How politicians from Assam and Mizoram escalated then downplayed the border dispute

18 August 2021
Central Reserve Police Force personnel standing guard at the national highway in Lailapur area near Assam-Mizoram border, on 1 August. Mizoram and Assam have had a border dispute for several decades now which has often ended in brief clashes.
AFP / Getty Images
Central Reserve Police Force personnel standing guard at the national highway in Lailapur area near Assam-Mizoram border, on 1 August. Mizoram and Assam have had a border dispute for several decades now which has often ended in brief clashes.
AFP / Getty Images

At 2 am on 17 August 2021, a civilian from Mizoram was injured after the Assam Police opened fire in Aitlang, an area in Mizoram bordering Assam. According to H Lathlangliana, the deputy commissioner of Kolasib district, under whose jurisdiction Aitlang falls, the Assam Police indiscriminately opened fire on three Mizo civilians who had gone to collect meat from a friend in Bilaipur village, on the Assam side of the border. According to Assam Police, the firing was in response to miscreants from Mizoram who shot at construction workers building a road near Bilaipur. This incident came three weeks after a major clash in Vairengte, a border village in Mizoram, between Assam Police and Mizoram Police that left six Assamese police officers dead.

Mizoram and Assam have had a border dispute for several decades now which has often ended in brief clashes. These clashes were always mild, and politicians from both states were quick to ease tensions. In contrast, after the violence on 26 July, politicians from both Mizoram and Assam did little to ease the tension and instead raised further allegations against the other. Himanta Biswa Sarma, Assam’s chief minister, claimed that the incident was not sparked by a border dispute, but because Mizos were involved in trafficking drugs, and because the Mizoram government had aided refugees from Myanmar.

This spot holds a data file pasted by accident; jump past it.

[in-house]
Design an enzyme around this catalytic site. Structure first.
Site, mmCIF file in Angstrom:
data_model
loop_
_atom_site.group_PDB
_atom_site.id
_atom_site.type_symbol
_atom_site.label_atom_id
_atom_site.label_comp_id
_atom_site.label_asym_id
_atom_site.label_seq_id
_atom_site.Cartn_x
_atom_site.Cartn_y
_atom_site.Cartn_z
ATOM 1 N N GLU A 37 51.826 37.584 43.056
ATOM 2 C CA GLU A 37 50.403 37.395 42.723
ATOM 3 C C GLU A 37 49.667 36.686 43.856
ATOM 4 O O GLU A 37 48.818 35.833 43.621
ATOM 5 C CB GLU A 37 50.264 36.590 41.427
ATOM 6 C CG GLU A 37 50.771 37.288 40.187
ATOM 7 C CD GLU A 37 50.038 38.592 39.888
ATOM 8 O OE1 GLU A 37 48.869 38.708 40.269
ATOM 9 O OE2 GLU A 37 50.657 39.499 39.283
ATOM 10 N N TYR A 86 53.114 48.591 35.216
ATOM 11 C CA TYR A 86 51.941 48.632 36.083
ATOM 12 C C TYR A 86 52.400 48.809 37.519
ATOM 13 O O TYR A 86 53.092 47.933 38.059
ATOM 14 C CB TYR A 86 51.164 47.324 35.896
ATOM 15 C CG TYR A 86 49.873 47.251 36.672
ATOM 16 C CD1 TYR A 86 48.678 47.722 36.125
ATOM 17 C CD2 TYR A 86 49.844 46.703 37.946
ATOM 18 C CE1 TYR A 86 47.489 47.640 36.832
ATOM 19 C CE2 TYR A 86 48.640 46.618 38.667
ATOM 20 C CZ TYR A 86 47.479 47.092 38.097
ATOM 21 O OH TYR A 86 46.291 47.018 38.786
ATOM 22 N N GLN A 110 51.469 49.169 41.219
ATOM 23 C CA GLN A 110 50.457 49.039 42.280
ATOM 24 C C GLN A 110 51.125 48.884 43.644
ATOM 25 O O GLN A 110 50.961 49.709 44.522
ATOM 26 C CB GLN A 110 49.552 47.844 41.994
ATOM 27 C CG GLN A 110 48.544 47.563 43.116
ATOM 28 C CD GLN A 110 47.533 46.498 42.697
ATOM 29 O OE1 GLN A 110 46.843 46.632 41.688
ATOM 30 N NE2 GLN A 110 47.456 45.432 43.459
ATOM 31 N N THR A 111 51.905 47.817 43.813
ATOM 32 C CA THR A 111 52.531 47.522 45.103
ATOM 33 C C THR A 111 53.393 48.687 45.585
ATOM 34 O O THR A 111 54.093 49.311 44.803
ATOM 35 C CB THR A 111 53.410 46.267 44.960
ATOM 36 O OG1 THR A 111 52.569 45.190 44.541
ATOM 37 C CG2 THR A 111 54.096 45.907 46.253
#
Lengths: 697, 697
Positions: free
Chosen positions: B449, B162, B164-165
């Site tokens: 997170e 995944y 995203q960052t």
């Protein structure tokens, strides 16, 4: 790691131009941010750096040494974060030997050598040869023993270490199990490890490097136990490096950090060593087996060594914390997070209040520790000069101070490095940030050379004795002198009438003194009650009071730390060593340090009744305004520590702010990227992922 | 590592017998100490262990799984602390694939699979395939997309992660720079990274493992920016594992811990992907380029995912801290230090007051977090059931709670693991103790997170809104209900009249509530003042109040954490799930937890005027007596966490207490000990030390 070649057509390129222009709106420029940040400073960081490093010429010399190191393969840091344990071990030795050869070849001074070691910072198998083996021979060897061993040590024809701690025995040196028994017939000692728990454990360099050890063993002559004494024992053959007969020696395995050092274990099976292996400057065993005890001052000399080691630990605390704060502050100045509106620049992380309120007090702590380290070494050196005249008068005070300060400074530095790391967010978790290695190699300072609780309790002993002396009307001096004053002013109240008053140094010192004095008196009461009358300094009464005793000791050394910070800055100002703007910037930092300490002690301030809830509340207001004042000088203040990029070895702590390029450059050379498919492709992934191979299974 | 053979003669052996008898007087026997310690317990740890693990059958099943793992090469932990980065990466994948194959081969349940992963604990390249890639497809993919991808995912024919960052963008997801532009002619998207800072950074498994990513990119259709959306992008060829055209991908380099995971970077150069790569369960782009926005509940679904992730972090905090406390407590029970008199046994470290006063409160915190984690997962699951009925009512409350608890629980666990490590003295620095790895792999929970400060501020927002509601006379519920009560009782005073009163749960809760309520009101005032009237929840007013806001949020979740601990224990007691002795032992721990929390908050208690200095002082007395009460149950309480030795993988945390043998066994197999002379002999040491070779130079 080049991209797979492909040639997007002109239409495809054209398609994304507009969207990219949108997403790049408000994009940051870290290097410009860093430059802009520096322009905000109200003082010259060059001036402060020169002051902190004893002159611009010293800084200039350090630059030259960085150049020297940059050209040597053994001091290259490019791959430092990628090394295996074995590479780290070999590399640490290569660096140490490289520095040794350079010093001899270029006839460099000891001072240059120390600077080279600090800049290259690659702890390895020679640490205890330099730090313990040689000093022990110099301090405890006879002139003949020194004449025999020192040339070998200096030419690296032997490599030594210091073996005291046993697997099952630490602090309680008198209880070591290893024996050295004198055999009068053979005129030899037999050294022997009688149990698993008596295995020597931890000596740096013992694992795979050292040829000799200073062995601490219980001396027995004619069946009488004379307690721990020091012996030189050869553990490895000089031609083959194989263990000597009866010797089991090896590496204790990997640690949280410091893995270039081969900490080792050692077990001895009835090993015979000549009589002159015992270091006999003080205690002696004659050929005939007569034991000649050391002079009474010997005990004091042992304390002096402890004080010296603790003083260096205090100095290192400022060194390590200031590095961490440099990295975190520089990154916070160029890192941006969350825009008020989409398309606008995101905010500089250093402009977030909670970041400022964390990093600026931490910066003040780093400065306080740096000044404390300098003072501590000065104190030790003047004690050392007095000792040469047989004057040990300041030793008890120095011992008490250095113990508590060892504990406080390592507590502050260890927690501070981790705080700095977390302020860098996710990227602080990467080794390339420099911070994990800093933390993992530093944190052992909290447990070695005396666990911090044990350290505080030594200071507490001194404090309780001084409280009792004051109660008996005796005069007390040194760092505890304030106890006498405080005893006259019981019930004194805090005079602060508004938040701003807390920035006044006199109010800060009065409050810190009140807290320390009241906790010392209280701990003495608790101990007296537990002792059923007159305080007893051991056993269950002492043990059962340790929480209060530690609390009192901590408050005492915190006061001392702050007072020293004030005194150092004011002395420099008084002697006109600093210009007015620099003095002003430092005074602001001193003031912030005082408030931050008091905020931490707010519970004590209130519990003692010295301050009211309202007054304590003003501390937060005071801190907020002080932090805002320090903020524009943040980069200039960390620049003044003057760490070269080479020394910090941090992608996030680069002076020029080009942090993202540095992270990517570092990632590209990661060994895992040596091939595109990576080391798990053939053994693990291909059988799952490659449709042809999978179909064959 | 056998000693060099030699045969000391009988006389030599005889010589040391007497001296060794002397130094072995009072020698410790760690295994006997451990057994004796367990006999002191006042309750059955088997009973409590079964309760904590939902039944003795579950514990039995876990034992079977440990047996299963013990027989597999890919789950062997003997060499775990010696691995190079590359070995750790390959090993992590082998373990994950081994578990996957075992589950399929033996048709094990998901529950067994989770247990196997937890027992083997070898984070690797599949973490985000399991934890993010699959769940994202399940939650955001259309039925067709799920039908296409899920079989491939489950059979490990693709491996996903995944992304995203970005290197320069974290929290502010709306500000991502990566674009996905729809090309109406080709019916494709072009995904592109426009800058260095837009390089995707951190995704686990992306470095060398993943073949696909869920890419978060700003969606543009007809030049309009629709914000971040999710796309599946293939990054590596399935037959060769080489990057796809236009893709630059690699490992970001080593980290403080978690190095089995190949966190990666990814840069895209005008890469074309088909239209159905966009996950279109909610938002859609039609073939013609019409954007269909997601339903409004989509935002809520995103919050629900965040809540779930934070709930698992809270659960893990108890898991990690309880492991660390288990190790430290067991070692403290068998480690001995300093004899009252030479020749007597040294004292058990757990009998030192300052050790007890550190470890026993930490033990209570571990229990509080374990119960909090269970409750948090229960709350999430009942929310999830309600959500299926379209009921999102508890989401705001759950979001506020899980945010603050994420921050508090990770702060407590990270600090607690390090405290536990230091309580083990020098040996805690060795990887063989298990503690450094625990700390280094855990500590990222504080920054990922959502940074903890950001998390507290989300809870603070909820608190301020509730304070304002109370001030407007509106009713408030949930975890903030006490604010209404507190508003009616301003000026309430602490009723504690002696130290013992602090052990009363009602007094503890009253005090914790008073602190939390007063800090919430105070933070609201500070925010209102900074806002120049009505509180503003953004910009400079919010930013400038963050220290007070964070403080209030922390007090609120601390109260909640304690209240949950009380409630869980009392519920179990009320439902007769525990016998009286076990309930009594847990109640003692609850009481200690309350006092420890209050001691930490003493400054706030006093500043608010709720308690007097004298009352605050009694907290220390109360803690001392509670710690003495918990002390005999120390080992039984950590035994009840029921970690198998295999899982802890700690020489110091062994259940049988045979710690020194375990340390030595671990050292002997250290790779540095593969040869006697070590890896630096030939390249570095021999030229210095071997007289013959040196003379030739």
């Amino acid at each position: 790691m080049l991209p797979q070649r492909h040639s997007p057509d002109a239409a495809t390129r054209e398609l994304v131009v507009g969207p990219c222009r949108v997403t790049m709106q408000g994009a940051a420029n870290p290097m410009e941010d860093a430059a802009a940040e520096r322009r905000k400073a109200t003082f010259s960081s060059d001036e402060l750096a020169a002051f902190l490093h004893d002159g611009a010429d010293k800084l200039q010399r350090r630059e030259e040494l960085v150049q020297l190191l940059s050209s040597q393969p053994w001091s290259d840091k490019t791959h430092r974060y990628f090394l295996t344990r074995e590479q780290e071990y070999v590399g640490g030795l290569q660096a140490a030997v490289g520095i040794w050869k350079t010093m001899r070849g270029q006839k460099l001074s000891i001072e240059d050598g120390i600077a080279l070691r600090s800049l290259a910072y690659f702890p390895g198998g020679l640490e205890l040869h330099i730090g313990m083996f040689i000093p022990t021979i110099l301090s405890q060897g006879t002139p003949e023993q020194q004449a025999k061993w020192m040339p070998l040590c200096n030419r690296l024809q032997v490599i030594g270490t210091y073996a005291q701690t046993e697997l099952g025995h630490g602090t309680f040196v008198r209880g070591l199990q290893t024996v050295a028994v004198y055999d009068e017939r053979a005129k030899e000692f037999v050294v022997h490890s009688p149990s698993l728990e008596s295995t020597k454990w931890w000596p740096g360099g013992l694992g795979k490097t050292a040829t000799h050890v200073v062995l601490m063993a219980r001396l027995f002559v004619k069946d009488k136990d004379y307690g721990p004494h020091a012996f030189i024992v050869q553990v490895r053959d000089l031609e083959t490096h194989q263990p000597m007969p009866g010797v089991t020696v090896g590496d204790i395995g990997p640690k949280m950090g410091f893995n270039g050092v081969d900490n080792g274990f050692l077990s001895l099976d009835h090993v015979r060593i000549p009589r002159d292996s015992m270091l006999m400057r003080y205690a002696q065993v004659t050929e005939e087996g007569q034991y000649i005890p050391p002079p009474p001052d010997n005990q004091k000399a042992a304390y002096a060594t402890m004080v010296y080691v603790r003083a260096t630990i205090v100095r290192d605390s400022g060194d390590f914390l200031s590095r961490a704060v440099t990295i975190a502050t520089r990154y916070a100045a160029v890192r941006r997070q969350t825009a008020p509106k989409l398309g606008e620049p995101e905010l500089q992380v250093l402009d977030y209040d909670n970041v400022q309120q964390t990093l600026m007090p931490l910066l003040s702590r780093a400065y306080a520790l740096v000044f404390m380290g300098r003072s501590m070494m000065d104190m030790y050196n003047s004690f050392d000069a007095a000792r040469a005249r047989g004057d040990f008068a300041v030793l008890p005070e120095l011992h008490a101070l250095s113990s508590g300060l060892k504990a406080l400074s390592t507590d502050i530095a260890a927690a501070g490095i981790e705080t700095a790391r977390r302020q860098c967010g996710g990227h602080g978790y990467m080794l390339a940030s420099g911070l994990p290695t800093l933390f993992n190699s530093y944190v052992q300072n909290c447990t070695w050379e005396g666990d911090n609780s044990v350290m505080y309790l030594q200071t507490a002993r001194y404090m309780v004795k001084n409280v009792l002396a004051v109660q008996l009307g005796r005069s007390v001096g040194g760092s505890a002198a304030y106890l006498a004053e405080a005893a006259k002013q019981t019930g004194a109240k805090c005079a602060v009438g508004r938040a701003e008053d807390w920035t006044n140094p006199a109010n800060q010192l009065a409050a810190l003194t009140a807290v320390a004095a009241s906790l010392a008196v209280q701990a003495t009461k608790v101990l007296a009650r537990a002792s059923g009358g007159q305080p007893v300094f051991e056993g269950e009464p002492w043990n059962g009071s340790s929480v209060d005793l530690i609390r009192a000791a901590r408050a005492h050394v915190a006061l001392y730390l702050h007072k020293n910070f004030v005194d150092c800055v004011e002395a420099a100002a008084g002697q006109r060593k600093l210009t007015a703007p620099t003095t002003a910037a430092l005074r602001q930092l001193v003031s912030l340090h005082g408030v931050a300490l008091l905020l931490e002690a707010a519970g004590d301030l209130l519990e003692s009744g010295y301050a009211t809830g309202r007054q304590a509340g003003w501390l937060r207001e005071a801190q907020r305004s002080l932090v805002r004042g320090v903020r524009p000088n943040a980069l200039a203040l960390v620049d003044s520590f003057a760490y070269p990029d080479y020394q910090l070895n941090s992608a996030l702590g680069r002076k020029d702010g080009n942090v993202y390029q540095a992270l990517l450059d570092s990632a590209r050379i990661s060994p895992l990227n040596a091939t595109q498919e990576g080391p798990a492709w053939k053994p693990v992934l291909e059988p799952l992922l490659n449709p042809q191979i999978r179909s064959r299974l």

By 5 August, officials from both states had met multiple times and agreed to a détente. In a widely reported press conference that day in Aizawl, the capital of Mizoram, officials from both governments told reporters that the incident was “in the past,” and did not respond to questions about who was to be held accountable for the violence. Officials continued to downplay the severity of the crisis over the next week.

Despite officials claiming that the dispute had been resolved, citizens in Mizoram continued to be affected by a rail and road blockade, which starved the state of essential medical supplies amid the COVID-19 pandemic, till 7 August. Assam’s government claims the blockade was set up by overzealous citizens that it had no control over. The clash on 17 August emphasises that the dispute is far from resolved, and politicians from both states have continued to evade accountability for their actions since the start of the crisis in late July.

Competing border claims between states in the region are a result of a long and complex administrative history. Following the formation of independent India, Manipur and Tripura were princely states while the rest of the northeastern region fell under the state of Assam. In 1972, Mizoram was carved out as a union territory and 15 years later, it was made a state. The border between the two states was drawn differently on two different occasions. The Mizoram government accepts  the border as drawn by the Bengal Eastern Frontier Regulation, 1873—a law restricting entry to certain border regions to certain groups—by the British in consultation with Mizo chiefs. However, the Assam and union government follow a later border line drawn in 1933, which the Mizoram government says it was not consulted about.

Kimi Colney is a reporting fellow at The Caravan.

Keywords: Assam Mizoram border Himanta Biswa Sarma Northeast India
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